BTW, politically I am a lifelong liberal far to the left of President Obama and any of our current house or senate members with the possible exception of Bernie Sanders.


      1. Thanks for coming by Communicating Across Boundaries and weighing in on a huge issue. California absolutely faces this issue in a way that many states do not. I lived in Arizona for 5 years and yes, the issue of undocumented people is huge. I’d be interested to see your sources on what you state above. The sources I’ve studied that include Alan Greenspan and Frances Lipman don’t give the same picture that you’ve given in your comment. Specifically Frances Lipman says: E]very empirical study of illegals’ economic impact demonstrates the opposite: undocumenteds actually contribute more to public coffers in taxes than they cost in social services. Moreover, undocumented immigrants contribute to the U.S. economy through their investments and consumption of goods and services; filling of millions of essential worker positions resulting in subsidiary job creation, increased productivity and lower costs of goods and services; and unrequited contributions to Social Security, Medicare and unemployment insurance programs. Eighty-five percent of eminent economists surveyed [according to the Dec. 1995 study by Julian L. Simon, “Immigration, the Demographic & Economic Facts,” of the Cato Institute and the National Immigration Forum] have concluded that undocumented immigrants have had a positive (seventy-four percent) or neutral (eleven percent)
        Alan Greenspan says much the same
        In terms of taxes my understanding is that this varies widely and while some say the undocumented population doesn’t pay their taxes, others unequivocally disagree.
        One thing we all agree on is the need for reform and you and I can agree to disagree on the terminology. I still hold to what I said – that people are not illegal – actions are illegal.


  4. Thank you, thank you for posting this, Marilyn. I work in a law firm where a lot of our clients are undocumented workers. Most are hard working, law abiding tax payers with families who add to the communities they live in. I agree that the terms “illegal” and “alien” are racial slurs, hurtful and hateful.

    We are both “hidden immigrants” in our own country. I totally relate to that statement. :)


    1. The Hidden Immigrant thing is huge isn’t it? It affects my thinking on every issue. Thanks so much for weighing in based on your experience. It is not the first time that words have created attitudes and while I cringe and feel that too much political correctness does nothing to help conversation – I don’t feel the term “illegals” is a good word for dialogue – thanks again.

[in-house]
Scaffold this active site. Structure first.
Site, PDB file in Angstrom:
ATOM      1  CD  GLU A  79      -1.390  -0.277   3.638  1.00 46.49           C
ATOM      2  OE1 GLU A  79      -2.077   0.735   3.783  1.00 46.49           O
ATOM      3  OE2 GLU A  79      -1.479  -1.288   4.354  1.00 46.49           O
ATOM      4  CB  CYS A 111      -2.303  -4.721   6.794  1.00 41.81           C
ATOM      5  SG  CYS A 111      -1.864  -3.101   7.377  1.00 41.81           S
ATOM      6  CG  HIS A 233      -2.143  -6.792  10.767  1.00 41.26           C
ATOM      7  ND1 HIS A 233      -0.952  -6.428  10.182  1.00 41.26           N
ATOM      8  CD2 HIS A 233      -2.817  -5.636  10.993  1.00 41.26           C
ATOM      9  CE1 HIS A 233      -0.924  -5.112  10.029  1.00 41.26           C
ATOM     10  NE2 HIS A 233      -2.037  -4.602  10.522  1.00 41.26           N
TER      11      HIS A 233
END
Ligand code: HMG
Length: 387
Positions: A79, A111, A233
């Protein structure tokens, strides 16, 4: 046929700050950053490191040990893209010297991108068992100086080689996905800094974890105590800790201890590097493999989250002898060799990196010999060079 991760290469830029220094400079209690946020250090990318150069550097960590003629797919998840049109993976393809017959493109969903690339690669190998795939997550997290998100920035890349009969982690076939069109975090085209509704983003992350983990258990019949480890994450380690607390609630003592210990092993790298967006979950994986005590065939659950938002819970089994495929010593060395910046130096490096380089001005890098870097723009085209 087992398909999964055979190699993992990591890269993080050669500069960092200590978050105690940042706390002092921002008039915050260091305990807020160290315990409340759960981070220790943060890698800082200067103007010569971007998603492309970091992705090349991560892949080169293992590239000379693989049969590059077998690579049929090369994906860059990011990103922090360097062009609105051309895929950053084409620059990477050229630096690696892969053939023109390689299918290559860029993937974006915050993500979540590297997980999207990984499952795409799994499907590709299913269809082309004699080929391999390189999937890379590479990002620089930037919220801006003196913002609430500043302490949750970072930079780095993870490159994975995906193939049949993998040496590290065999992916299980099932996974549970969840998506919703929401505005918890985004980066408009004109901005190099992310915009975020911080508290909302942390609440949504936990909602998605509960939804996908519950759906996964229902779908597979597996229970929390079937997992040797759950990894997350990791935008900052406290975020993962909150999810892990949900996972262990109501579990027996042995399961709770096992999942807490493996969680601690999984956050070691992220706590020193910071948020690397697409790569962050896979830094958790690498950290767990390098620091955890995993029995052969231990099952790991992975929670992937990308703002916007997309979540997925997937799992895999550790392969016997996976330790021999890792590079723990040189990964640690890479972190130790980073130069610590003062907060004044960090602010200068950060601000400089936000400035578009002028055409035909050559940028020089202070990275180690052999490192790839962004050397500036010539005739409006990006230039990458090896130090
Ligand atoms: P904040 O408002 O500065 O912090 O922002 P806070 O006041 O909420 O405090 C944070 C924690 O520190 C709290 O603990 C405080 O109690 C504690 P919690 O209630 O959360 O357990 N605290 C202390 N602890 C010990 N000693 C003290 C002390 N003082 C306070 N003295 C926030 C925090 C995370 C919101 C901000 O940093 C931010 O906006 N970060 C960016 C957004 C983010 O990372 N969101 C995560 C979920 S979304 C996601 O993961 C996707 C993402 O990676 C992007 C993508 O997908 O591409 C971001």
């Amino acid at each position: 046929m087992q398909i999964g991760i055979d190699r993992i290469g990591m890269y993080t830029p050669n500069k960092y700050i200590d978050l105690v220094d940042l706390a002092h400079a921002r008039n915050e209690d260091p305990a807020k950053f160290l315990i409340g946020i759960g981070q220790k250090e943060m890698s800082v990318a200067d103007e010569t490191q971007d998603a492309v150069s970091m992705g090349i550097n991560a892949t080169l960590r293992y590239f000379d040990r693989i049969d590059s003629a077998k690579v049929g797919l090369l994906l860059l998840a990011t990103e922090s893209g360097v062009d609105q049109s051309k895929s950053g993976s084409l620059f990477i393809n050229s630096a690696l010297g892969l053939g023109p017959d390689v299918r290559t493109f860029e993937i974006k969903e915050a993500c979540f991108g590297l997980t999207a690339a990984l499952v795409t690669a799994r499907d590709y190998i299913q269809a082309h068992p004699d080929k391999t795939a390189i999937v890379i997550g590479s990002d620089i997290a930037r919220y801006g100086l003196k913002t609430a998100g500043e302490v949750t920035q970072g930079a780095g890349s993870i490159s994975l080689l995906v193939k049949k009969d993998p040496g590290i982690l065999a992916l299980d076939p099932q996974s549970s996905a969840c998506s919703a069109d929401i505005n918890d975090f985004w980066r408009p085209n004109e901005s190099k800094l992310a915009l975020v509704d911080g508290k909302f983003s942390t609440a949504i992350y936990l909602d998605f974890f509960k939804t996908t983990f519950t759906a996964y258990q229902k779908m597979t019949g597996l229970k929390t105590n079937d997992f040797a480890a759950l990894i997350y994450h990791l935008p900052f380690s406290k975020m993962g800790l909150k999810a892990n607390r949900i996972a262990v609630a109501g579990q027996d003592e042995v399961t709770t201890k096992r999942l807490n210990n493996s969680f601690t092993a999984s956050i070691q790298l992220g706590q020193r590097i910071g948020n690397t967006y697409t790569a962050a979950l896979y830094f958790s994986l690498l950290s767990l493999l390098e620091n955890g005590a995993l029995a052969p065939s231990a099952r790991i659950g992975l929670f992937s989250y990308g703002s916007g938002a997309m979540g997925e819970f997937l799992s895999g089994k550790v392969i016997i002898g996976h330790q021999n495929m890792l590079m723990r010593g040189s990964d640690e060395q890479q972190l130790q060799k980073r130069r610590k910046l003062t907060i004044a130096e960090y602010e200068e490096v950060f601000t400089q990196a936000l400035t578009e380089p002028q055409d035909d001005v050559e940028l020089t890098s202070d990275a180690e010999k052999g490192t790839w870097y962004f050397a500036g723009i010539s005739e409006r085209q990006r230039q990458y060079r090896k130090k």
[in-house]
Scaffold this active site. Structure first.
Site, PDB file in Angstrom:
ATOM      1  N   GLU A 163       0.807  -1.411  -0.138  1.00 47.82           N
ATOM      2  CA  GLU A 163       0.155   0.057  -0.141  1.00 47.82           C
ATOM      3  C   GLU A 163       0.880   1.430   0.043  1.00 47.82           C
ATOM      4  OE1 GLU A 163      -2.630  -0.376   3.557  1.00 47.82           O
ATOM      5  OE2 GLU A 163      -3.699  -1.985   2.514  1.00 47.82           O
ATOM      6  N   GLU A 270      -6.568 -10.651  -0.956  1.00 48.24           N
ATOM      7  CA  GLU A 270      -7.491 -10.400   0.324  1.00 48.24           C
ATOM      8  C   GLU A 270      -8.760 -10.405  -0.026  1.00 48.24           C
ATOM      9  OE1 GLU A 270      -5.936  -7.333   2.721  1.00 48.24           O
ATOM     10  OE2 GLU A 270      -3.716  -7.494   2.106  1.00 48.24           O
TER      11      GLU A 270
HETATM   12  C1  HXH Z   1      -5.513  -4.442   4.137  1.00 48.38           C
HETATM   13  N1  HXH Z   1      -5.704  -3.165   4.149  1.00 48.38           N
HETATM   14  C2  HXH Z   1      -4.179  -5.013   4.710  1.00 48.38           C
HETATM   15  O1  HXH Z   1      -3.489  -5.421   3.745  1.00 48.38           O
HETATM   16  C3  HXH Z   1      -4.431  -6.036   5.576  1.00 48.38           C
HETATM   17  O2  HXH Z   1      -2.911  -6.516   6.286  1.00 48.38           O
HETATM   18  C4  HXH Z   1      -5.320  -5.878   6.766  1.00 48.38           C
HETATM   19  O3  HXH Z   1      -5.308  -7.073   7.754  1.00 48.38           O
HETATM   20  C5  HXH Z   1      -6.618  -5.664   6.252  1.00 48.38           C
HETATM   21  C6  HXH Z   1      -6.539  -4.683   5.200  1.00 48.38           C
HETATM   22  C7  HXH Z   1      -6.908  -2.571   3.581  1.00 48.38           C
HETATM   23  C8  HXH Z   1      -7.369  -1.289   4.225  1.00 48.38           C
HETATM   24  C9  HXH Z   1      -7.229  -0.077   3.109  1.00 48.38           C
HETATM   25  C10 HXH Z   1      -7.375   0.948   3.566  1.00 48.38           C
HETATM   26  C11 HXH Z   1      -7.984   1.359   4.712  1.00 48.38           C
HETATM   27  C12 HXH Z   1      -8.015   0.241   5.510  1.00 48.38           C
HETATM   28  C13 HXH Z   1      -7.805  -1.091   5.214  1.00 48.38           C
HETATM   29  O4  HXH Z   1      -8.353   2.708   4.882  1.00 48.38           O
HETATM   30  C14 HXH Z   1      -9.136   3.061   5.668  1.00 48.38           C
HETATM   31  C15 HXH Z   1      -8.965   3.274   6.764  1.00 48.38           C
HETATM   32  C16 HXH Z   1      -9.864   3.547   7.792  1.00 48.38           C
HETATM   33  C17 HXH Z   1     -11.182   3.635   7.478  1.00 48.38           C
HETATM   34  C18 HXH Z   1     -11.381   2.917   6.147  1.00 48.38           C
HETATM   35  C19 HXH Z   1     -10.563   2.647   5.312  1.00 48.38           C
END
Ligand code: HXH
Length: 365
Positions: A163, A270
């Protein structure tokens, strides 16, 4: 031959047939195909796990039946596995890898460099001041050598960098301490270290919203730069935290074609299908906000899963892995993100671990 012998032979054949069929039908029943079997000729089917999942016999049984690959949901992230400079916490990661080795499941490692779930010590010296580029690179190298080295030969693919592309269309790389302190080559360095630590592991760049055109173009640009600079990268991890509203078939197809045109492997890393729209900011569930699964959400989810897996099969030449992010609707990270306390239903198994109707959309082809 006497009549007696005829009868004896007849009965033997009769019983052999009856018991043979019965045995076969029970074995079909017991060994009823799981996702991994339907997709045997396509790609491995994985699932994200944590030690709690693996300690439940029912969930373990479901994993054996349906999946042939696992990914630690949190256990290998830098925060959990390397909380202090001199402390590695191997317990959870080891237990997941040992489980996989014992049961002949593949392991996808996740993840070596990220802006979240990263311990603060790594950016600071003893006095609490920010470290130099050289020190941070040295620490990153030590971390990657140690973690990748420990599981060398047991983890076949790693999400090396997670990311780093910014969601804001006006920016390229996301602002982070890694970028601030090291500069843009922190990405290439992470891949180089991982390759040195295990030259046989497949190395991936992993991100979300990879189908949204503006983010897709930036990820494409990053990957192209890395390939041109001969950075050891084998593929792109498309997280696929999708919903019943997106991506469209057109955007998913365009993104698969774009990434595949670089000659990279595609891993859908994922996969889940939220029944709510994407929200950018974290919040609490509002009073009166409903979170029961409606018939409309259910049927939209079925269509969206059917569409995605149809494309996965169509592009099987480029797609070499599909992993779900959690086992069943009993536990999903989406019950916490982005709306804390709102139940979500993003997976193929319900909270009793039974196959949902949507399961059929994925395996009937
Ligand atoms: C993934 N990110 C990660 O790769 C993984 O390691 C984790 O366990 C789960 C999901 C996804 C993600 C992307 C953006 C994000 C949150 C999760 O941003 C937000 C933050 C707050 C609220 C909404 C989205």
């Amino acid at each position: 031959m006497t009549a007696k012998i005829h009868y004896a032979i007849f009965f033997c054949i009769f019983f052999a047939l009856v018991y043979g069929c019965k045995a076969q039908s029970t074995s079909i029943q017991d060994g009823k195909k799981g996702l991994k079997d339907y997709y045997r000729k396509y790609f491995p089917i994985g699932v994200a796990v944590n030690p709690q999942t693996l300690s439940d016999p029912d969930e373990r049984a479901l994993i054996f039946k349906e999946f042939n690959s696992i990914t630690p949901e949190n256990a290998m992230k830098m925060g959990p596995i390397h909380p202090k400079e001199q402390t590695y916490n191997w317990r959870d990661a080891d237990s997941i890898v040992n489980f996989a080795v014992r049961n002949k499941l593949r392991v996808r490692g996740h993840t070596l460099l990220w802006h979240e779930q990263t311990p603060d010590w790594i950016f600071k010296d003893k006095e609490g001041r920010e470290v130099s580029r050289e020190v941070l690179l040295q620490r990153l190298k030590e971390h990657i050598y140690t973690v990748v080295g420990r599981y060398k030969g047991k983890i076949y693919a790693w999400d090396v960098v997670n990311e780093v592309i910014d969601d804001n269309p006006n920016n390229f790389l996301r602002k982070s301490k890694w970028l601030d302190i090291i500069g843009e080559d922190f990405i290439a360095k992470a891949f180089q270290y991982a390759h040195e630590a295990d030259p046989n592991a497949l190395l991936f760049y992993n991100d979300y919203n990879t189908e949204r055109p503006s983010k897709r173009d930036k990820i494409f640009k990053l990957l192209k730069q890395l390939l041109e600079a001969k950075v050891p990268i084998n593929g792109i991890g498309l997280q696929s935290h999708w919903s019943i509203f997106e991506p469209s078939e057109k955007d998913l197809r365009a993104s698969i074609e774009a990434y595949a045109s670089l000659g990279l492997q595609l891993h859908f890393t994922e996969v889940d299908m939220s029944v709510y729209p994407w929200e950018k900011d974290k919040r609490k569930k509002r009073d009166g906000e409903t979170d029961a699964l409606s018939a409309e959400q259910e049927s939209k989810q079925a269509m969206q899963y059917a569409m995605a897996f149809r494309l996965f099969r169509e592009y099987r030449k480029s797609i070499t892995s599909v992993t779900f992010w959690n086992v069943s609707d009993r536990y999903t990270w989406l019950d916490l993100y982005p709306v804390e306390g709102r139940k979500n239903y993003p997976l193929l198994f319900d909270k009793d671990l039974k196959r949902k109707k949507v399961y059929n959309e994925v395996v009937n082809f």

5. Thank you for your thoughts on this very electrifying issue. Everyone one of us at some point has broken the law and done something “illegal” – speeding, jay-walking, not using a turn signal, etc. Sometimes even habitually and continually. But we don’t call ourselves “illegals.” We reserve that for other people who are “worse” than us. Reminds me of “good sinners” and “bad sinners.” We’re all sinners.


    1. Said so well! Thank you for this insightful comment. It is an ‘electrifying’ issue and yet one that I believe we are called to address with humanity and compassion even as we recognize the need for policy.


    1. You are lovely and I would be horrible in office – mostly because I am so bad at taking criticism! Thank you for this comment. I’ve hesitated writing about immigration but you know what it’s like when the issue gnaws at you….!


  6. Having been called an “intended immigrant” and more recently a “resident alien”— I can heartily testify that words matter. Stories matter. Labels matter. This issue stirs me up every time. Don’t get me started…….!!!!!


    1. And stirred up you should be! You speak with passion, knowledge and a heart for truth – those things matter and you have a valuable voice! So what I’m indirectly asking for is a longer comment or blog post!!


  7. Yes. Thank you! I lived and worked in Southern California, where the immigration issue is a huge one. I had relatives who talked in pretty horrible terms, slinging the word “illegals” left and right. These are real people. Many of the ones I met in the hospital were men and women who had a sick child, uprooted their lives and carried them in their arms across the border, in order to get medical treatment. My relatives would have done the same thing, if they were put in a similar position. It is a very complex issue, and deserves accurate, respectful language– at the very least.


    1. I remember you sharing about working in Southern California – powerful stories. You are so right that it is a complex issue – and muddying the language makes it more complex. I’d love to hear your observations on the UK and if immigration is an issue or non issue there.


    1. Tara, thank you! It’s amazing what the words we use, or don’t use, reveal about us. I am so grateful you came by because in one short day I’ve fallen in love with your beautiful family in Haiti. I have fond memories of a trip to Haiti years ago and ached to go back during the earthquake for public health (the Boston area has a strong connection through Paul Farmer and Partners in Health) I was unable to go but ended up in Pakistan instead. That’s a long way of saying thank you for coming by!